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Promotion of Small and Medium Enterprises Is Key to Improving Living Conditions in Latin America and the Caribbean

Executive Secretary of ECLAC participated in a panel together with the Secretary of State of the United States of America and Secretary General of the OAS.

17 October 2011 | Press Release

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Vista general de la IV Reunión Ministerial de la Iniciativa Caminos a la Prosperidad en las Américas.
Vista general de la IV Reunión Ministerial de la Iniciativa Caminos a la Prosperidad en las Américas.
Foto: CEPAL

(6 October 2011) At the IV Pathways to Prosperity in the Americas Ministerial Meeting, which was held on Wednesday 5 October in the Dominican Republic, authorities and international experts stated that the inclusion and promotion of micro, small and medium enterprises is key to lowering inequality in Latin America and the Caribbean.

Those who participated in the panel "New opportunities for development" at the meeting included the Secretary of State of the United States of America, Hillary Clinton, the Secretary General of the Organization of American States (OAS), José Miguel Insulza, the Executive Secretary of the Economic Commission for Latin America and the Caribbean (ECLAC), Alicia Bárcena, and the Vice President for the Private Sector of the Inter-American Development Bank (IDB), Steven Puig.

Alicia Bárcena stated that the region grew in the past years based on three complementary elements: macroeconomic prudence, social progressivism and the generation of greater inclusion. This also enabled the region to lower poverty indicators from 44% in 2002 to 32.1% in 2010.

"The unemployment rates are low. However, it concerns us that these figures -which are between 7% and 8%- are double for young people. According to ECLAC figures, there are approximately 19 million inactive young people, which are in the category of those who do not study or work," she stated.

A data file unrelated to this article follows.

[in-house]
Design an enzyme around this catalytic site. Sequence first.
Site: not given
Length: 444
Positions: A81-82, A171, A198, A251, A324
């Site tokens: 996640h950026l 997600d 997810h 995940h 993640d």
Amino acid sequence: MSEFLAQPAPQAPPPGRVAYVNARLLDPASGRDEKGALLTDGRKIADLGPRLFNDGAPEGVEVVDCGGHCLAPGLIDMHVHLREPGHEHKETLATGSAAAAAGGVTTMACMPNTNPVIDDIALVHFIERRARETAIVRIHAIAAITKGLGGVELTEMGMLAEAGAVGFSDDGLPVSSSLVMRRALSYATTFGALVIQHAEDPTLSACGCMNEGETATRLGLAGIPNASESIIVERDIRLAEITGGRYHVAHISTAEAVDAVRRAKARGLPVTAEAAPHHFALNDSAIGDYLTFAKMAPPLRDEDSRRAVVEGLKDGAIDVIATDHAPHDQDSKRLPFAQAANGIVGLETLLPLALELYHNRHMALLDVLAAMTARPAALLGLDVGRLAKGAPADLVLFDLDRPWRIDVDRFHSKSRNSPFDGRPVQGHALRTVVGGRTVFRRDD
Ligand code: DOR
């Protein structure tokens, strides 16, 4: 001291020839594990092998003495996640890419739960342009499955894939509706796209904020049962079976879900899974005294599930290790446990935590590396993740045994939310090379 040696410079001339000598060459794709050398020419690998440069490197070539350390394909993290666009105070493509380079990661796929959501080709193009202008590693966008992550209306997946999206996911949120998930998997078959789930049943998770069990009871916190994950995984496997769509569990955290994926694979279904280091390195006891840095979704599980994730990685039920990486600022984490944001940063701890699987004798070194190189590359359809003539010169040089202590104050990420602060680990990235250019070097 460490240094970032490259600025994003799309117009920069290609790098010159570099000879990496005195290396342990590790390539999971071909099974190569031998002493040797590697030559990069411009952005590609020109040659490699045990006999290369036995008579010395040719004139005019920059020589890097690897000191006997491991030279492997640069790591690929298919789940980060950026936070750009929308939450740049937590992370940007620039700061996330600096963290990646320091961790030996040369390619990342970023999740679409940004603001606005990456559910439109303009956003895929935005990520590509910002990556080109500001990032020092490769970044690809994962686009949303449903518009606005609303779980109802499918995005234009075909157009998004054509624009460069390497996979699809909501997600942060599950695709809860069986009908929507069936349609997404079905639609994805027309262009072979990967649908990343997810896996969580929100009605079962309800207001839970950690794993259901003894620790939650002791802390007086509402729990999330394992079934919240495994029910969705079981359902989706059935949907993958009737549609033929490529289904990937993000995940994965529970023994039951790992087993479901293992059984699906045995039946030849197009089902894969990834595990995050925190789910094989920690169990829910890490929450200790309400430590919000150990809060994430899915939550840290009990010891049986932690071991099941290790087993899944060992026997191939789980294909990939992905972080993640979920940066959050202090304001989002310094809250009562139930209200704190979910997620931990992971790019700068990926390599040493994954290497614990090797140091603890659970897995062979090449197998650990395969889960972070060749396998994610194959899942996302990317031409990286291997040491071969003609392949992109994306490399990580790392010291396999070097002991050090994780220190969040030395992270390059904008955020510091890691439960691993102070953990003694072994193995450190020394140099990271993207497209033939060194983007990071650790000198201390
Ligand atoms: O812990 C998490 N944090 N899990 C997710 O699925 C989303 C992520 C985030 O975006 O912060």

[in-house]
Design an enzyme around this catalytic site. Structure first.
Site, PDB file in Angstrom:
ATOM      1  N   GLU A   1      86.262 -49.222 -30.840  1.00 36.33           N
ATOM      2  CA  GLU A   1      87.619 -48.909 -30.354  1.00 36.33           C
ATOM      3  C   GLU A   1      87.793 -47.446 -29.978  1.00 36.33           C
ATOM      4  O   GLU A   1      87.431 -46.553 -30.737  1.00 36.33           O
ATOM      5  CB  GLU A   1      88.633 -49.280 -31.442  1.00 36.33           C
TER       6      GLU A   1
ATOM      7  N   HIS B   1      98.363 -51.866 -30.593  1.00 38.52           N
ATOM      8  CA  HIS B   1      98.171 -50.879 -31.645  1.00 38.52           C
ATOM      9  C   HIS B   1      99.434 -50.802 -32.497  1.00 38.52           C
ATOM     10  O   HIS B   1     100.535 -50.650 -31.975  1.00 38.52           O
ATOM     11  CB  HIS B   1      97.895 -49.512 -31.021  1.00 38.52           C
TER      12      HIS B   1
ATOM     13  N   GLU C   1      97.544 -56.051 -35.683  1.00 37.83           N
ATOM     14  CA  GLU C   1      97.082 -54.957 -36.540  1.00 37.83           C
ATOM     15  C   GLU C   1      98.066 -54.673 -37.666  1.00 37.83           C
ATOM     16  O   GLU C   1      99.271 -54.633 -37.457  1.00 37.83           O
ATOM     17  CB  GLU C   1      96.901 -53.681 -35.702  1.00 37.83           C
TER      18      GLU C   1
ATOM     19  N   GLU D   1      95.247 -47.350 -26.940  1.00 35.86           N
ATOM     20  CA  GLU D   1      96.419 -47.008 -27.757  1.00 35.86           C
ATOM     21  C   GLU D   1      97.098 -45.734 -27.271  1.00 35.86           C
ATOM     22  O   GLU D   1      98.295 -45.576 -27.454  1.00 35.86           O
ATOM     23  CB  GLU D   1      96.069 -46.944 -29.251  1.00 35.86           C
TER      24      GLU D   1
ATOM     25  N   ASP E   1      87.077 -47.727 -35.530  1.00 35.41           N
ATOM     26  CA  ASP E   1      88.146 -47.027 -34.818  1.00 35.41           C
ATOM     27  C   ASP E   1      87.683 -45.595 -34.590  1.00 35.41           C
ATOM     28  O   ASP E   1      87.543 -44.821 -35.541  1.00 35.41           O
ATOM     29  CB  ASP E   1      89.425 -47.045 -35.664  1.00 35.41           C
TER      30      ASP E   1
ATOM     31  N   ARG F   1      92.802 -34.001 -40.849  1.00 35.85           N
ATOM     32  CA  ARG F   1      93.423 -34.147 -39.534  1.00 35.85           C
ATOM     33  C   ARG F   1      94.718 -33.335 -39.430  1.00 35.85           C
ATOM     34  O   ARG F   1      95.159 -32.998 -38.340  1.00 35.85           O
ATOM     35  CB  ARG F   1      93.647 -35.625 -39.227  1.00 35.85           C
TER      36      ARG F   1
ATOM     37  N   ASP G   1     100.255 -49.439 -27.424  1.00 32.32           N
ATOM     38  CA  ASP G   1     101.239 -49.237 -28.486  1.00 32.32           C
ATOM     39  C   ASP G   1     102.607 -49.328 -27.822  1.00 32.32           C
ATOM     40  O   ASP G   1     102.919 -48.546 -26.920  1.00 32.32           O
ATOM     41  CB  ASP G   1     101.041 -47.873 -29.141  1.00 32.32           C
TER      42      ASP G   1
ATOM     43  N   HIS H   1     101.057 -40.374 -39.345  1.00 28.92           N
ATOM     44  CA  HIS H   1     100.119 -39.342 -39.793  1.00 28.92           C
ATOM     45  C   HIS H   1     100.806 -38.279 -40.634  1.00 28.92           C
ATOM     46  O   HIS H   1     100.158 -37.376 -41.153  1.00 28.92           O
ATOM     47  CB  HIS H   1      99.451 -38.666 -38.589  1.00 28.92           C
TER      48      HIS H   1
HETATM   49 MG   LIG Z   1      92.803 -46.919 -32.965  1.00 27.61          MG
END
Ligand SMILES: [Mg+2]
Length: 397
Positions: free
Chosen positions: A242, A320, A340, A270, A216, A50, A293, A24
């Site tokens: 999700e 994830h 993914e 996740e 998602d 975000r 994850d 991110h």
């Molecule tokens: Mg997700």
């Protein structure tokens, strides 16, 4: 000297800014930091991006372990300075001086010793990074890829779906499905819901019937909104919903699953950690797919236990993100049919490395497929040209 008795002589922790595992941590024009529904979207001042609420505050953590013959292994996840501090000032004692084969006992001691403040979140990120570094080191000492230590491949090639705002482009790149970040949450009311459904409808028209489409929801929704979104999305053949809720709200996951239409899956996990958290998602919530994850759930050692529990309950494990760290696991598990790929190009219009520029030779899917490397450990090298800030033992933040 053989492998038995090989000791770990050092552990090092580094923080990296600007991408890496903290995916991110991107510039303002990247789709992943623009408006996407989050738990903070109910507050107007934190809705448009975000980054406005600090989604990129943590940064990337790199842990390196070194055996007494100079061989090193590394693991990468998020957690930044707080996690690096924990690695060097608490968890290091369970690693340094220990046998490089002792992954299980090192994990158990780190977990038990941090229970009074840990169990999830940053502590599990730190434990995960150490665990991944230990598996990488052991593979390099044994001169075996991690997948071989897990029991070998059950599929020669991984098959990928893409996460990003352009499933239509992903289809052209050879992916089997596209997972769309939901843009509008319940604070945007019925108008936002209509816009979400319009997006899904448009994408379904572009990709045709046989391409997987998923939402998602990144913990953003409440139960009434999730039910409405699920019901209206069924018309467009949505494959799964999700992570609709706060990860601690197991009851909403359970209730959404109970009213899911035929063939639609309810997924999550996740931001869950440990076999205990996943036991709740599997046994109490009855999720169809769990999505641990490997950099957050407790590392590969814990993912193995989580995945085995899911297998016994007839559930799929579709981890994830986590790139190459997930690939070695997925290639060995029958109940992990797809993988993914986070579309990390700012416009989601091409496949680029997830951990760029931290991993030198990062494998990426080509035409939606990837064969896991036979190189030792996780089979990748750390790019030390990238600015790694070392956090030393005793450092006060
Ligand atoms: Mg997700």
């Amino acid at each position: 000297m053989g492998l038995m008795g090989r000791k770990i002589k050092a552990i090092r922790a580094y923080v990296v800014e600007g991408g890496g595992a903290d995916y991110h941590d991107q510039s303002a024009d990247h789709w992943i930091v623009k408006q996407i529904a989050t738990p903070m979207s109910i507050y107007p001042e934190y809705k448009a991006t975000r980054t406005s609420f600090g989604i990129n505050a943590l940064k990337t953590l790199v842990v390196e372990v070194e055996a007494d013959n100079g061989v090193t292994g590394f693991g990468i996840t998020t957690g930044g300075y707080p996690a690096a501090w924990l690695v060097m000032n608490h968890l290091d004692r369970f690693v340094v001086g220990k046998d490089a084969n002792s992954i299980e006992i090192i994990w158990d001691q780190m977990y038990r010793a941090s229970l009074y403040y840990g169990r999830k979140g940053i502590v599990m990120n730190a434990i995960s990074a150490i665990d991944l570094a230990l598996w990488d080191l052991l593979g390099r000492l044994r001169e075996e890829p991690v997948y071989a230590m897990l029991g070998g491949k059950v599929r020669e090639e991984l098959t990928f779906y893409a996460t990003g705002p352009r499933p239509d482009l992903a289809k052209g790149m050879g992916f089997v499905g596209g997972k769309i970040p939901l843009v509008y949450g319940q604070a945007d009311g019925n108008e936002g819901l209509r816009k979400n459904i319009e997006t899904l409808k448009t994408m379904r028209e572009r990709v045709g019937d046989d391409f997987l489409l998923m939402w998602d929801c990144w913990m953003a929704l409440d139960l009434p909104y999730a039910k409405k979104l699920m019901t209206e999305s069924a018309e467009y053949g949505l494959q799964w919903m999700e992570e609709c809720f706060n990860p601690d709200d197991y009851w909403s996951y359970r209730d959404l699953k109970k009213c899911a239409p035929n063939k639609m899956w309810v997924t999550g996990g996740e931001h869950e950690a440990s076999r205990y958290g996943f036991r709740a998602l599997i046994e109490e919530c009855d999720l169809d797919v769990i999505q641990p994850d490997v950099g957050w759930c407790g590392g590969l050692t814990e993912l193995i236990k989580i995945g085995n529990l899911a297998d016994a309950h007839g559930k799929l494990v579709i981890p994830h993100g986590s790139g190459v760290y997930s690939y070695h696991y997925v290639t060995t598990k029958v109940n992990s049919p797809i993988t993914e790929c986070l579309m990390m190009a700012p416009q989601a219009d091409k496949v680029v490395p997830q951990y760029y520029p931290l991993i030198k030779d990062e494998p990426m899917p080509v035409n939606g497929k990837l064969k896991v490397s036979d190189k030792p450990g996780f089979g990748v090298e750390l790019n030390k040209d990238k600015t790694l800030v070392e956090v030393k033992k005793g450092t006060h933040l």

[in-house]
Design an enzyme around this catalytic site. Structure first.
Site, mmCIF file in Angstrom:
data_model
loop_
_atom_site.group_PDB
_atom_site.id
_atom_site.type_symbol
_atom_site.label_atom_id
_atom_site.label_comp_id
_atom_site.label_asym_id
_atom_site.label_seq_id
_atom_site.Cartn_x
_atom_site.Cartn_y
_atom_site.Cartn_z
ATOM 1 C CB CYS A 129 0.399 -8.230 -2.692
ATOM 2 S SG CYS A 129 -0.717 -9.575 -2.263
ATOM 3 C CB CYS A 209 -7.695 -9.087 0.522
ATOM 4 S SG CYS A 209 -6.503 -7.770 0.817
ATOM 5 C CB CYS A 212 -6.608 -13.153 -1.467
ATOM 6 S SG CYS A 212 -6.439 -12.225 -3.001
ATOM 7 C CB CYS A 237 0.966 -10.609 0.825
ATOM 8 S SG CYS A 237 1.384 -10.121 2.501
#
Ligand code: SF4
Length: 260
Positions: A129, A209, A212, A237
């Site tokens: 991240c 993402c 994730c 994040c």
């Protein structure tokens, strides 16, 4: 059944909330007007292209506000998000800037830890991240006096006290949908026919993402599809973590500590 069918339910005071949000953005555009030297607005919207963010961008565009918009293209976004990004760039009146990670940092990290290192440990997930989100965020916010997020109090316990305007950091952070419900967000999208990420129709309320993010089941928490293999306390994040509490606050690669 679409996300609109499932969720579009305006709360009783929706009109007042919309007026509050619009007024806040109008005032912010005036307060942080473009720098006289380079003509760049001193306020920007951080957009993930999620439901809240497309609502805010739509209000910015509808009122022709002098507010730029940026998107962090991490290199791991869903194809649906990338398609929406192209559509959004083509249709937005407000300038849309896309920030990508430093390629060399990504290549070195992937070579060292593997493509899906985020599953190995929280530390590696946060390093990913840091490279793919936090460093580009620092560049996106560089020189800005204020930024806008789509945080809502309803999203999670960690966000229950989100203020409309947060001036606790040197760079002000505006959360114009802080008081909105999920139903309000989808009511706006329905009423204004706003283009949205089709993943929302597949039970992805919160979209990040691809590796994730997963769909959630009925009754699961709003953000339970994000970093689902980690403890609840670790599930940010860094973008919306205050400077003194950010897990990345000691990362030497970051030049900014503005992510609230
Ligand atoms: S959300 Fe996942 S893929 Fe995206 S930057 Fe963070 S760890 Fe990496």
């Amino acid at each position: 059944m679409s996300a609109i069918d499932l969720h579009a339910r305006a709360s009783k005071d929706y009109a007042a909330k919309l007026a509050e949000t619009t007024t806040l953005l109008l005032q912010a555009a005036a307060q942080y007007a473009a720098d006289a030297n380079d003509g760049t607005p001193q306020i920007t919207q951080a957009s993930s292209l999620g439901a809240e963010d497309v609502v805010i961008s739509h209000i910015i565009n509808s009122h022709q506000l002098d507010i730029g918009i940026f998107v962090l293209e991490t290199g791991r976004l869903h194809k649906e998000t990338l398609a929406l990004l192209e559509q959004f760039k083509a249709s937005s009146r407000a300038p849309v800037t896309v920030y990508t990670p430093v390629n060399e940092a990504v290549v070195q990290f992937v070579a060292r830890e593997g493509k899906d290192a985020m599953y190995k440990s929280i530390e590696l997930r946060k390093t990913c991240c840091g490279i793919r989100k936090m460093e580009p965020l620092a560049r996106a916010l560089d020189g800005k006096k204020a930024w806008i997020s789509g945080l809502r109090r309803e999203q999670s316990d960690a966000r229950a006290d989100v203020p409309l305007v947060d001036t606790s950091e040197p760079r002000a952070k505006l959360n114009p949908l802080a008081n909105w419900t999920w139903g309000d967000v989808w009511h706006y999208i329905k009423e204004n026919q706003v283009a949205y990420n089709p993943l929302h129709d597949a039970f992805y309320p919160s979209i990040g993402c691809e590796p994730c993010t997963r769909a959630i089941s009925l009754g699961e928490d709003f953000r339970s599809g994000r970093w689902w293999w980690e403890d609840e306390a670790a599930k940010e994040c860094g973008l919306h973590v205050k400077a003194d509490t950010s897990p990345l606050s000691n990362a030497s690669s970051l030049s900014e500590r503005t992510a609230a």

She added that it is necessary to regain social mobility in the region in order to offer opportunities to young people and the rest of society. To do so, it is very important to work with micro, small and medium enterprises, create enterprises and develop business capacities. "Inclusion involves organization of the various programmes and mechanisms which exist in the countries," she said.

During the meeting, the Executive Secretary of ECLAC presented the document Innovating, gaining market share and fostering social inclusion: success stories in SME development jointly created by ECLAC, IDB and OAS. The publication includes more than 60 cases which show specific experiences of what is done in the region in different areas linked with the pillars of the Pathways to Prosperity initiative and which could be copied in other countries. 

This initiative aims to encourage growth and prosperity through the exchange of experiences, lessons learned and best practices in order to widen the opportunities for all the inhabitants in the region. Strengthening the development of micro, small and medium enterprises is central to this.

"The experiences presented in the ECLAC, IDB and OAS document are an effective example of the vitality, energy and response capacity of the countries in Latin America and the Caribbean when the creativity and political and economic will is aligned to promote development with equality," declared Bárcena.

The publication shows that for the success of these programmes, they need carefully deliberated policies. A State must design policies choosing the sectors and opportunities for action which are most capable of making progress according to the resources available and capacities of each country.

It is also important to consider the structural diversity of the region to try to bridge the gaps in productivity and the performance of the large enterprises and micro, small and medium enterprises. For this, the mechanisms must be organized for greater investment in investigation, development and technology. The joint effort between the private and public sector is crucial.

The Secretary of State, Hillary Clinton, stated that the document is "a fantastic study" which gives "good ideas on how to progress along this path".

 "It gives us a body of evidence of what really works in the countries and if it works, why not try it? We are proud to support this type of programme in the Americas which helps us to resolve problems together," she said.

During her visit to the Dominican Republic, the Executive Secretary of ECLAC will also participate in the V Americas Competitiveness Forum, during which she will moderate a plenary session entitled "Education and Competitiveness from the Perspective of the Multilateral Organizations". She will also give a presentation on growth and development in the small countries of Central America and the Caribbean, in which she will refer to specialization pattern and foreign trade in the economies of both subregions, their macroeconomic, demographic and social situation and their pending challenges.

Any queries should be addressed to the ECLAC Public Information and Web Services Section. E-mail: dpisantiago@cepal.org; Telephone: (56 2) 210 2040.

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